Keep in mind too, how to provide the most functional stalls in your parking lot. A stall which allows the vehicle to be pulled straight in will allow you to put the most parking stalls in your lot. Also, these type of stalls are the easiest to lay out and to paint stripes for. This is also a better way for permitting two-way traffic. If you decide on an angled stall, they are easier to turn into and back out of. This type of stall also will require a narrower lane as well as a one-way controlled traffic flow. The down side that more space is taken out when the parking lot design is laid out because of the angle plus the greater your angle the more space is used.
A well-marked and well maintained parking lot can add value to your property as well as increase attract a higher quality tenant. You’ll find it’s well worth the expense.
Owning a multi-family building and having enough parking spaces for everyone can be a headache. Sometimes the tenants have more cars than parking lot spaces permit too. Or perhaps guests come over and take up a tenant parking spaces leaving no room for other tenants to park. These issues have solutions to solve your parking problem though. So below are some solutions to ease parking lot snarl ups:
- The parking spaces can be monitored for any violations and the cars in violation towed. This can cover guest parking without permission or tenants parking in spaces with aren’t assigned to them. This will open the space back up for the tenant whose spot it is that was taken; plus it will send a message that unlawful parking won’t be tolerated.
- Post signs that state that the parking lot or other spaces are for tenant use only and violators will be towed. Usually this is pretty effective in keeping unlawful parkers from parking. By having the cars towed too, it will also discourage it from happening again. This is especially true because word will get around to other tenants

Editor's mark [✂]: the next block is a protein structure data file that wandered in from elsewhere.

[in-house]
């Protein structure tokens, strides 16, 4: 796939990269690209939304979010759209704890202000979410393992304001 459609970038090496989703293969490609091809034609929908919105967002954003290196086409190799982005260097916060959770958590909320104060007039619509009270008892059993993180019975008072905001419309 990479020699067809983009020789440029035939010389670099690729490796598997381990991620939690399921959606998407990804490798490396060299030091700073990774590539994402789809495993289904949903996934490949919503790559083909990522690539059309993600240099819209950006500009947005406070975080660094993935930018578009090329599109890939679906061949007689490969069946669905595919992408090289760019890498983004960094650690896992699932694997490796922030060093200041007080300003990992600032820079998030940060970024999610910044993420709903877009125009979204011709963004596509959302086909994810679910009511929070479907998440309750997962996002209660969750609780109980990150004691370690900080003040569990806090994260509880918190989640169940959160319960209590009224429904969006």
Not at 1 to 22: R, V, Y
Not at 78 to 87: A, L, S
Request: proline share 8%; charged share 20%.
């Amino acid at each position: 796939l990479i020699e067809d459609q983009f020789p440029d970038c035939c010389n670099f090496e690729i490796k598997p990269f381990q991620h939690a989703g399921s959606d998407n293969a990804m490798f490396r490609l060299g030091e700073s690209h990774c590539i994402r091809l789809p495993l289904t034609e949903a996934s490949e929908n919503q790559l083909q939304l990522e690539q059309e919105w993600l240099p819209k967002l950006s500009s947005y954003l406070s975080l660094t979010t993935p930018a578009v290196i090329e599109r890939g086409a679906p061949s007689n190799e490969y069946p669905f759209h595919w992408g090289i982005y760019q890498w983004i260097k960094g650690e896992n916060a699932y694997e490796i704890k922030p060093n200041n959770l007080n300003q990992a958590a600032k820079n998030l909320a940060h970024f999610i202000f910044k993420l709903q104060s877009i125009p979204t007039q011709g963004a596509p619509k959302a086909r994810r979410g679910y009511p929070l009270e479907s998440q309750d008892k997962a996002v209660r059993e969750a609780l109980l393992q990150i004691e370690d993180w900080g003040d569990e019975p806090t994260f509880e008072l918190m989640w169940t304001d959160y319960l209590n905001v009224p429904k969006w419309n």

- Assign a parking space or spaces to each tenant. So decide how many spaces come with the lease and then assign that apartment number to that space or spaces. If another tenant parks in the space, then find out if that tenant’s space has been parked in and tow whichever car is the offending car.
- If there is enough space, offer additional parking spaces for an extra monthly fee. Also, if you have room, you could also offer guest parking. You can have the tenant reserve a spot for a guest or just have the spaces available for a first come first serve set up then.
- Decide whether or not you will have a waiting list for better parking spots. Most tenants prefer to be closer to the building, but that isn’t always possible. Some landlords have a waiting list for spaces which are closer, and the tenant is then assigned to that space who has stayed in the building the longest; or may have special needs. Specify this so you don’t have arguments; however.
Parking for tenants doesn’t have to be a headache if you stay strict with parking enforcement. It’s when the parking isn’t enforced that it becomes a problem for both the landlord and tenants.